What To Do Amid Chaos and Conflict
More and more clients are coming to me to find a port in the storm. If it’s not the overwhelming work environments that are increasingly common, it’s the growing clamors of the world and its people, or the rising levels of conflict.
Many seek escape, which certainly holds out a kind of promise, though invariably it will fail us. There is actually no escape from the world or even ourselves. Of course, escaping also often leads to addiction, which typically brings suffering. Then of course some retreat into pointless pining for long ago days before the volume of our world ratcheted upward, except there is no going back. We can fall prey to complaint and fault finding, which only increase our discontentedness.
From a psycho-spiritual point of view, we are trapped in and by reality. Our only choice is to engage, and at best, to embrace the challenges that invariably come to find us.
Assuming we decide to engage rather than seeking retreat, there is always the option to trudge or slog through; yet, there is little that will please us in that approach..
So what other choices are there?
Let me tell you a story.
Some years ago, I was on spiritual retreat in the Manzano Mountains of New Mexico. We were given an assignment by our teacher to walk out onto the land, and find a place to stay for the day. We were told to lay down a circle around us with sacred cord we’d been given and to which we added tiny, colorful Tibetan prayer twists. We could do anything in that small arc. We could nap, pace the circle, meditate, journal, or even complain. It only mattered that we stayed in the circle and stayed present.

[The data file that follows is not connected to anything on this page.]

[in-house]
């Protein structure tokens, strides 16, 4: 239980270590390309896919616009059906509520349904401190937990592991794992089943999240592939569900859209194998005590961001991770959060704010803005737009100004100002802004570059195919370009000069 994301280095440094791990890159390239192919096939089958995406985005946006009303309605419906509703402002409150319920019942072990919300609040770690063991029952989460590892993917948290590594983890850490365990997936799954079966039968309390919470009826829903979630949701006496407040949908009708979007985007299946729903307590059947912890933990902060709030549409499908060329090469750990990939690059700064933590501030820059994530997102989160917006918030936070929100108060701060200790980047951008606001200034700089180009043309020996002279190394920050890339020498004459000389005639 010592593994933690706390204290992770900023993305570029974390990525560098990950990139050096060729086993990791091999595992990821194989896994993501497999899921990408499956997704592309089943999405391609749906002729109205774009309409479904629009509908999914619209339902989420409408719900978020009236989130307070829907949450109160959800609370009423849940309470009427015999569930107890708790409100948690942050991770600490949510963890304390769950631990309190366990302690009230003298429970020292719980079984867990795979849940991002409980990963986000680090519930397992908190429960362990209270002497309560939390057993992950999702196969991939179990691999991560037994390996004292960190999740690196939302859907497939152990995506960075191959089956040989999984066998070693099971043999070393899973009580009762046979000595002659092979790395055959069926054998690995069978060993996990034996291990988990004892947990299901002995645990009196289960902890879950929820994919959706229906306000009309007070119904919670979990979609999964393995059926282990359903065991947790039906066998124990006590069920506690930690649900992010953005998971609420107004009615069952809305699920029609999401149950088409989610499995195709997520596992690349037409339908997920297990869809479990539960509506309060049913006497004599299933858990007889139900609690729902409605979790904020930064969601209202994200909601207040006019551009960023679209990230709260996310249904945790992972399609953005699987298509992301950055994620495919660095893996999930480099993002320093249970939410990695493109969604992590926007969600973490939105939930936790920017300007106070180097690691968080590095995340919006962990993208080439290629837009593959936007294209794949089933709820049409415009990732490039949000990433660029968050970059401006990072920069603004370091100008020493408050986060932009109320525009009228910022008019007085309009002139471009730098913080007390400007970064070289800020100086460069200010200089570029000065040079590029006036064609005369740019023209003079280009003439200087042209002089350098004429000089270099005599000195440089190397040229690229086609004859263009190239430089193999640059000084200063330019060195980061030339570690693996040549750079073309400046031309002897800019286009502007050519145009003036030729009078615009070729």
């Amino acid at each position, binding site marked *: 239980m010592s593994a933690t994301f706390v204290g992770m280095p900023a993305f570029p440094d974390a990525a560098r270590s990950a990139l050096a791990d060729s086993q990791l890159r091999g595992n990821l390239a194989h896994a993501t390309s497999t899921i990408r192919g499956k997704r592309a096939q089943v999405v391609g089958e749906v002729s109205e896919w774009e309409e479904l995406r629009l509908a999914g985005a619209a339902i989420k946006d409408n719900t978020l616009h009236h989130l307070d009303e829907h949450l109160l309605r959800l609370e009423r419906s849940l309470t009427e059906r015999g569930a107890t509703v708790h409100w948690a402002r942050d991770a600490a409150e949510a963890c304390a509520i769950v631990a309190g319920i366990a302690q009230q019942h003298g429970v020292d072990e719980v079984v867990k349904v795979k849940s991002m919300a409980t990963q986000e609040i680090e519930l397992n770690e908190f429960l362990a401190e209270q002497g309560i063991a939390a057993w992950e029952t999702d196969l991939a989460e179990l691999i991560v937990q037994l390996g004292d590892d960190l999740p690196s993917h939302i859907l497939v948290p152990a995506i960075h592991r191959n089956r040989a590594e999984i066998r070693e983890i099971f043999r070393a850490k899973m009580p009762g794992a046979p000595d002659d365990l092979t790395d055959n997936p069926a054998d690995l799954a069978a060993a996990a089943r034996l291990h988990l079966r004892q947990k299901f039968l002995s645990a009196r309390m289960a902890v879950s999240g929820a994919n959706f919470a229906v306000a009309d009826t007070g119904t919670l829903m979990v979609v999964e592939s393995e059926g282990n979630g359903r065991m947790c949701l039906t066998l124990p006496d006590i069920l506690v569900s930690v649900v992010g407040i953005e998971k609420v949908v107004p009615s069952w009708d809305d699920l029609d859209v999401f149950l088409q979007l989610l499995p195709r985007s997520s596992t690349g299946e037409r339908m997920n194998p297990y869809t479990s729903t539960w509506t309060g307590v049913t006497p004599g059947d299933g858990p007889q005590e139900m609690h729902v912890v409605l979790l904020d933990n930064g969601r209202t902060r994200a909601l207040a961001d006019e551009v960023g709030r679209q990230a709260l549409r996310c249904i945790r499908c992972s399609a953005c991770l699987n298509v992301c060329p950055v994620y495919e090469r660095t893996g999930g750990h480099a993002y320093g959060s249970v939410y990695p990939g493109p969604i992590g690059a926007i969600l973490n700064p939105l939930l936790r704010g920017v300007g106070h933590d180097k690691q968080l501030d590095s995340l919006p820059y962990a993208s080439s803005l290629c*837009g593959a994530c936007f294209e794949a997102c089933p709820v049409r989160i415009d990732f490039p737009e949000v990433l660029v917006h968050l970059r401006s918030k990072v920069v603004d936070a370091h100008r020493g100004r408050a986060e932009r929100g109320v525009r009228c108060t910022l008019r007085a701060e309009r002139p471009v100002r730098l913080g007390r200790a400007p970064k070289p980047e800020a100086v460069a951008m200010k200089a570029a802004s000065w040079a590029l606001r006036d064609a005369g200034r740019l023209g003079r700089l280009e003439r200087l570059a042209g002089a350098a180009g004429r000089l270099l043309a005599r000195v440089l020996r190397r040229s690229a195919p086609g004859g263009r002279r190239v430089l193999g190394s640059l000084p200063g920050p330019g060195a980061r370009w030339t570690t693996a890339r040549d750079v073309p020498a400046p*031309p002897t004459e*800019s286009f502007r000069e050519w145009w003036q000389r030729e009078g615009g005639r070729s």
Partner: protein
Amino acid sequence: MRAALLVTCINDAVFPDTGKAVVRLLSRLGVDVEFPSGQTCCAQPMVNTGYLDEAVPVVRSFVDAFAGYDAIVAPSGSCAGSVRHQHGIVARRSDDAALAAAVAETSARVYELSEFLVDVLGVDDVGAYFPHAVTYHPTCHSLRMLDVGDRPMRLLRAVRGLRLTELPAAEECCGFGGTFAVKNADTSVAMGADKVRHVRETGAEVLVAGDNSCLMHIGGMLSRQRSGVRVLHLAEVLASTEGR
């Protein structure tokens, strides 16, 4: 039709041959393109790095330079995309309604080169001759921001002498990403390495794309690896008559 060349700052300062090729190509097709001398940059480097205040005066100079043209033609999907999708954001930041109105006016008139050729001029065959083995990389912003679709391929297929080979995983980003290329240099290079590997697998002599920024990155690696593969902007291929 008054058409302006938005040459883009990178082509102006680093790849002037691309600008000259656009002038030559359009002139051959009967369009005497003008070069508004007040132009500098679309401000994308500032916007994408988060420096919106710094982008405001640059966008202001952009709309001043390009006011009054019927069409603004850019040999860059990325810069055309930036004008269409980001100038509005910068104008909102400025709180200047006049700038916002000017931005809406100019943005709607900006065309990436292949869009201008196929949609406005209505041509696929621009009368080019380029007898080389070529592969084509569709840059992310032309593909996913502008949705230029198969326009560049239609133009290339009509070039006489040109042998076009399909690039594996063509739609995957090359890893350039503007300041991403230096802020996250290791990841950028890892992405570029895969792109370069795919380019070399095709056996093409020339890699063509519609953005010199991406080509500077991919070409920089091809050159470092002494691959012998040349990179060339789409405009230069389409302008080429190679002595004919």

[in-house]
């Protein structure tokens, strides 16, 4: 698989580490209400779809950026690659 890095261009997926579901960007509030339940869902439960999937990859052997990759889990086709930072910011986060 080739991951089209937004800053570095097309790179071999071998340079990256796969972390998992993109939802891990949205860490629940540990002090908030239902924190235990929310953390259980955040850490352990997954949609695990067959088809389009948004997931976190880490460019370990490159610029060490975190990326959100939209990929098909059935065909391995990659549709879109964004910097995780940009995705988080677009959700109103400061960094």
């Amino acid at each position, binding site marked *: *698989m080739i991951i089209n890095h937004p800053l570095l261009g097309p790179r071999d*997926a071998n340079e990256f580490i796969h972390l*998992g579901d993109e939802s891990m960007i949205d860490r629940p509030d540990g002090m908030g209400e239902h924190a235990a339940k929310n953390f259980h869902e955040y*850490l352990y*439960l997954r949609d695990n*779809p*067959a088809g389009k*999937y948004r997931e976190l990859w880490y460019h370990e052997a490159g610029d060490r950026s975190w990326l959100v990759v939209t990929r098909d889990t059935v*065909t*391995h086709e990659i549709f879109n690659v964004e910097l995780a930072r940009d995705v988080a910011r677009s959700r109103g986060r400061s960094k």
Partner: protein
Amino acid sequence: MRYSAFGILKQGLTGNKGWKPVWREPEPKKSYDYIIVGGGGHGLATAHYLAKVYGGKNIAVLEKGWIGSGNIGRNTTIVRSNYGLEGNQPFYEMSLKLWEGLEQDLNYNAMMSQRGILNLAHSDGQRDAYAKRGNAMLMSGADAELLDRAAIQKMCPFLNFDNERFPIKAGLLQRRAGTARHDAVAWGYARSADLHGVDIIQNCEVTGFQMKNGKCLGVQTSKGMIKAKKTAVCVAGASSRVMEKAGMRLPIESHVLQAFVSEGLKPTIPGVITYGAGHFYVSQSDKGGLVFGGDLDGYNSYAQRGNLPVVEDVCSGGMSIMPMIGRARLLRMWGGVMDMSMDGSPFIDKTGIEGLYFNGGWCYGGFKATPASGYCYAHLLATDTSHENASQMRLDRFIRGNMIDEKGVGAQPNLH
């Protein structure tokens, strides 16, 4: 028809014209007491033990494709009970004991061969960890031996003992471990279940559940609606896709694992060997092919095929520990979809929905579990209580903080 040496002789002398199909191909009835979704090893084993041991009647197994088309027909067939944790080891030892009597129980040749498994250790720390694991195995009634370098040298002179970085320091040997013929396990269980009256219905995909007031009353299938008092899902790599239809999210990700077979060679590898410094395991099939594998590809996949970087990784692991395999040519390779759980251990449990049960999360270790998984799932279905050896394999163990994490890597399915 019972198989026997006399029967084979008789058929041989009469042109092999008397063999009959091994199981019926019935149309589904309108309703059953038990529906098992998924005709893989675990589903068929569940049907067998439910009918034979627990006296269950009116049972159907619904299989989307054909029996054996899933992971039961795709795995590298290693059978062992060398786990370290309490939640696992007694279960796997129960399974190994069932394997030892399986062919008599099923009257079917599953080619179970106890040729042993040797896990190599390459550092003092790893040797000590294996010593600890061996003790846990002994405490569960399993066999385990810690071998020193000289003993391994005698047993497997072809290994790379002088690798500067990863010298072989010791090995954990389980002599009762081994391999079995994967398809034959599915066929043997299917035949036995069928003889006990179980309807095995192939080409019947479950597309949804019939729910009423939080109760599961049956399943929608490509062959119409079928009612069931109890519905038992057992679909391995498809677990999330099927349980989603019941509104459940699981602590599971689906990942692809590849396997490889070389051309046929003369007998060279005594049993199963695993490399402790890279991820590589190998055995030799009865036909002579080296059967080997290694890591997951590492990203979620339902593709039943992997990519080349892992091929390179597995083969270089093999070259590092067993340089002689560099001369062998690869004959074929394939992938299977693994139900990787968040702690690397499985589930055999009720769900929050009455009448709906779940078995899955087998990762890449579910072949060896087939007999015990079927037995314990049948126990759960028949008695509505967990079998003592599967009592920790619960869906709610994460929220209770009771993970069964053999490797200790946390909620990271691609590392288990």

At the end of the day, we debriefed while sitting in a circle at dusk back in the lodge and everyone had a story to tell.
Then Andy spoke. He was a bit of a rebel. And he’d chosen to wrap his sacred cord around his body, and then to walk all day long, encircled and embraced by his own, portable holy ground.
It is a brilliant metaphor for how to live - to walk in the world within sacred space no matter what comes our way. To go in assurance that we are secure.
I told that story to a good friend who knows the Tibetan way. He laughed with delight. Then he said, “So it is to take refuge in oneself.” To be the refuge we seek.
We talked about this idea. We agreed it takes awareness to navigate the world. Not protected by some bubble, but psychically secure, even if fully exposed.
Walking the world with awareness is our practice.
In the world, but not of the world.
Seeing True™ in Action
There are any number of approaches we can use to practice awareness. Many of them involve mindfulness, or presencing, or paying attention. Regardless of what we may find that suits us, it will take practice.
However, the larger issue is making a commitment to ourselves that we are willing to be present to reality, to life, and to our lives. Are you willing?